Don't miss the big stories. Like us on Facebook.  

When I first heard the news about COVID-19, I was relieved as both a parent and pediatrician that it seemed unlikely to seriously affect children. However, more recently in both the literature and among colleagues, I began hearing about an uncommon but serious inflammatory disorder affecting some children with COVID-19. The American Academy of Pediatrics and the Centers for Disease Control are calling this "Multi-System Inflammatory Syndrome in Children," or MIS-C.

My goal in writing today is to dispel myths about this new manifestation of the illness, provide helpful steps families can take to protect their kids from COVID-19, and assure that medical providers are aware of this new subset of COVID-19 and taking appropriate steps to keep your children safe.

Symptoms of MIS-C include inflammation in the skin and eyes, irritability and sluggishness, along with fever, rash, swollen lymph nodes, and abdominal pain. The symptoms are similar to a rare childhood illness called Kawasaki disease, which causes inflammation of the blood vessels and primarily affects children under 5 years of age.

There is very little known about MIS-C due to the small number of cases around the country. However, the medical community is monitoring this new syndrome very closely to learn all they can about it. I would like to emphasize that this condition is very rare and occurs a few weeks after a child has already recovered from COVID-19 infection.

As we have throughout the pandemic, pediatricians are urging families to take precautions to prevent their exposure to COVID-19. This includes reducing close contact with others by staying home as much as possible and avoiding congregating in groups. Anyone over the age of 2 should wear a mask when outside of the home.

Wash your hands and your child's with soap and water for at least 20 seconds and sanitize frequently touched surfaces at least twice per day. Avoid touching your face and teach children to cough and sneeze into a tissue or their elbow. Aim to wash and dry plush toys about once a week.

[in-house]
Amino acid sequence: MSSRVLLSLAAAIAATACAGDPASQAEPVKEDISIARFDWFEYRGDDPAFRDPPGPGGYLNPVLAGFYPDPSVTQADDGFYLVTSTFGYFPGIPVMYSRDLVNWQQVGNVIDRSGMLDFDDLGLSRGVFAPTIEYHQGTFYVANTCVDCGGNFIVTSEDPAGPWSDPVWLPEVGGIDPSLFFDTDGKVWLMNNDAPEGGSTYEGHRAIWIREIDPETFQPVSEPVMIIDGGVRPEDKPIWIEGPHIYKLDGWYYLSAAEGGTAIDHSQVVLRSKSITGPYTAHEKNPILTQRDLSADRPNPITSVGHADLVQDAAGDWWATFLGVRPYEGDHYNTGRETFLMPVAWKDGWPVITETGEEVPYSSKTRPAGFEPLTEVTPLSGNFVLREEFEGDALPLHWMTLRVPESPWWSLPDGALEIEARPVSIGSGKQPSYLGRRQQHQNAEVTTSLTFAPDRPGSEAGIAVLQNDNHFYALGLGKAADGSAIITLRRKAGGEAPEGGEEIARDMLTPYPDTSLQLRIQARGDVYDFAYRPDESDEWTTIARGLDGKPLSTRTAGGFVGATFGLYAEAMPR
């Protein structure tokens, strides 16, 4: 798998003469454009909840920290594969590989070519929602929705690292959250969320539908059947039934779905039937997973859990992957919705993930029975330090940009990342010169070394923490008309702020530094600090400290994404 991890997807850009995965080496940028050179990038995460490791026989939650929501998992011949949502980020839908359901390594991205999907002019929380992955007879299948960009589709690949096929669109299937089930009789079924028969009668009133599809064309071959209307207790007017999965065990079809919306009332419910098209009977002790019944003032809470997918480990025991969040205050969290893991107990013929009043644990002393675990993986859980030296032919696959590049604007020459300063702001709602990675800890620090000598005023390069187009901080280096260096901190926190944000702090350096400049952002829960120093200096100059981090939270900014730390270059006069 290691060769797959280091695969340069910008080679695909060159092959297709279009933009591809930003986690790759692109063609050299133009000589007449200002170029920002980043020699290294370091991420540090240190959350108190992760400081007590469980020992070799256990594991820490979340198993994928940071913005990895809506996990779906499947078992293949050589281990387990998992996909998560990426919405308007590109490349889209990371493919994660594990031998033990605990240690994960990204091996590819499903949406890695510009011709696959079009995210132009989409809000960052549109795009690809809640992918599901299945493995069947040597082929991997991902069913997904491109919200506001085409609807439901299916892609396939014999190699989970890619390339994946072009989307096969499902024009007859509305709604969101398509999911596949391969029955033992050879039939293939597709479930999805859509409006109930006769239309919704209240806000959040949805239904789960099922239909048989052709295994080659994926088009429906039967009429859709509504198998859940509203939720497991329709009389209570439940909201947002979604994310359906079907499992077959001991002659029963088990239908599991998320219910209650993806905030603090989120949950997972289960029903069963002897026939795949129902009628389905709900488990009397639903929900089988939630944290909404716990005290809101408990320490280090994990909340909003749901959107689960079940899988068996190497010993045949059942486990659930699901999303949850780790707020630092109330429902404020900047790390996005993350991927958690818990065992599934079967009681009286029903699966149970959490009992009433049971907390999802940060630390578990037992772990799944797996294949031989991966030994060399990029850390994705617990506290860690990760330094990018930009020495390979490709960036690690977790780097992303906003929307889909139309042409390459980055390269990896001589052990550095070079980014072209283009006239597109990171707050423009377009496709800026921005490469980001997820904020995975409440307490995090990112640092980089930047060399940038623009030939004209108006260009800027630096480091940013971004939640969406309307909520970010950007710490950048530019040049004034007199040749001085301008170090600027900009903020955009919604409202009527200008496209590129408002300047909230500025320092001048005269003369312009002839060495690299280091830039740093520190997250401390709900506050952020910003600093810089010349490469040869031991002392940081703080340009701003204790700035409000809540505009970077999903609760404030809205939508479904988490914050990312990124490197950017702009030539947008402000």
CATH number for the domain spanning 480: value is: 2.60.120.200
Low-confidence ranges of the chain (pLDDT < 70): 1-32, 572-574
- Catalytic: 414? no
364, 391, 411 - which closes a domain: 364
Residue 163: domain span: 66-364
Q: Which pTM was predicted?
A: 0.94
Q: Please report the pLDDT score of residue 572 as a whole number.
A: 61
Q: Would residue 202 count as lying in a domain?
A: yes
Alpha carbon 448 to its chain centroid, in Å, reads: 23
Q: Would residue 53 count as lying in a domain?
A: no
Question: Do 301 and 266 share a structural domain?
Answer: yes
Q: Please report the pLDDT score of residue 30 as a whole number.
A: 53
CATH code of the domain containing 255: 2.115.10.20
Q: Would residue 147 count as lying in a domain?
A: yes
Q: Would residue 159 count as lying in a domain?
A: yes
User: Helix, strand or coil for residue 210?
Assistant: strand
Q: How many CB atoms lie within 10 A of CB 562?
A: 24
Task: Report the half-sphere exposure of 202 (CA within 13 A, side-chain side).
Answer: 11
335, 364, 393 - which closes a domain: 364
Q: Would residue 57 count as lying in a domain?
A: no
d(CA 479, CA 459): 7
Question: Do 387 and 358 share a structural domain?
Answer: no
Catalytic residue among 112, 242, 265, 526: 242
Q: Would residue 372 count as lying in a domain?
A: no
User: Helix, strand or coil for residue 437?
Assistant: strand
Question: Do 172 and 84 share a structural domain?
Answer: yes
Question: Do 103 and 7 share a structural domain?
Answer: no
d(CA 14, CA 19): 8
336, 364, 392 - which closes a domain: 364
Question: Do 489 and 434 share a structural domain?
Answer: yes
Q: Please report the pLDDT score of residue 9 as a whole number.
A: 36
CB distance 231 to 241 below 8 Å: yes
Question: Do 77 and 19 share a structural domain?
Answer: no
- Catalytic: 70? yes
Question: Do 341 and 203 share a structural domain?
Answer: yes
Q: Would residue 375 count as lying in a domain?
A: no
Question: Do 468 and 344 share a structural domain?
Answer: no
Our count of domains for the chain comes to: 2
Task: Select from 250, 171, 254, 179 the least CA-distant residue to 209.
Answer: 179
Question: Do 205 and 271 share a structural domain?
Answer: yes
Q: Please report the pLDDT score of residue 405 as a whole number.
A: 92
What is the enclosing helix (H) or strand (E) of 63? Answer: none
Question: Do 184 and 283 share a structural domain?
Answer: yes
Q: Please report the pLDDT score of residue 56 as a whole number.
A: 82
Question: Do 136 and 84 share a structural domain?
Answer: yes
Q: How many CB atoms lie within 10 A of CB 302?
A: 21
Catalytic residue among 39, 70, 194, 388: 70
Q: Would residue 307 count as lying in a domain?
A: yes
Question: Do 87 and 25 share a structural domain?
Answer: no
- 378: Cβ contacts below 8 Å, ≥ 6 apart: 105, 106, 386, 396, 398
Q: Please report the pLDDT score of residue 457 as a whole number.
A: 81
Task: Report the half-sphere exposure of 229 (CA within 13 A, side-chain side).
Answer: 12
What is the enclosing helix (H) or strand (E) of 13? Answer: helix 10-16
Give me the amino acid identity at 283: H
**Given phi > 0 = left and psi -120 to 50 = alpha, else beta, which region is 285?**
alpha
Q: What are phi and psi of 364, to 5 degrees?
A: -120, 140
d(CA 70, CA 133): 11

There are special precautions to take if someone in your household is ill. See https://www.cdc.gov/coronavirus/2019-ncov/if-you-are-sick/care-for-someone.html for details.

The American Academy of Pediatrics recommends creating a healthy routine for your children that includes balanced meals, learning at home, exercise, social connection (Facetime, videochat, and in person with household), and adequate rest. This will help your children remain both physically and mentally healthy during this stressful time. Continue to reassure your children that the medical community is working hard to keep them safe during this time. Be sure to monitor their media consumption, watch for signs of anxiety, and be a good role model in regards to COVID-19 safety measures.

Call your pediatrician if you have any concerns about your children's health, including symptoms of COVID-19 or MIS-C listed above. There are still important reasons to bring your child physically into the office such as immunizations, developmental checks, and growth monitoring. We would like to reassure you that we are taking proper steps to allow your children to safely receive care at our offices.

More detailed information about keeping your child healthy is available at https://www.cdc.gov/coronavirus/2019-ncov/daily-life-coping/children.html. For information about obtaining healthy food or other basic needs for your family, dial 2-1-1.

Dr. Meghan Gunn is the medical director of SVMC Pediatrics.


TALK TO US

If you'd like to leave a comment (or a tip or a question) about this story with the editors, please email us.
We also welcome letters to the editor for publication; you can do that by filling out our letters form and submitting it to the newsroom.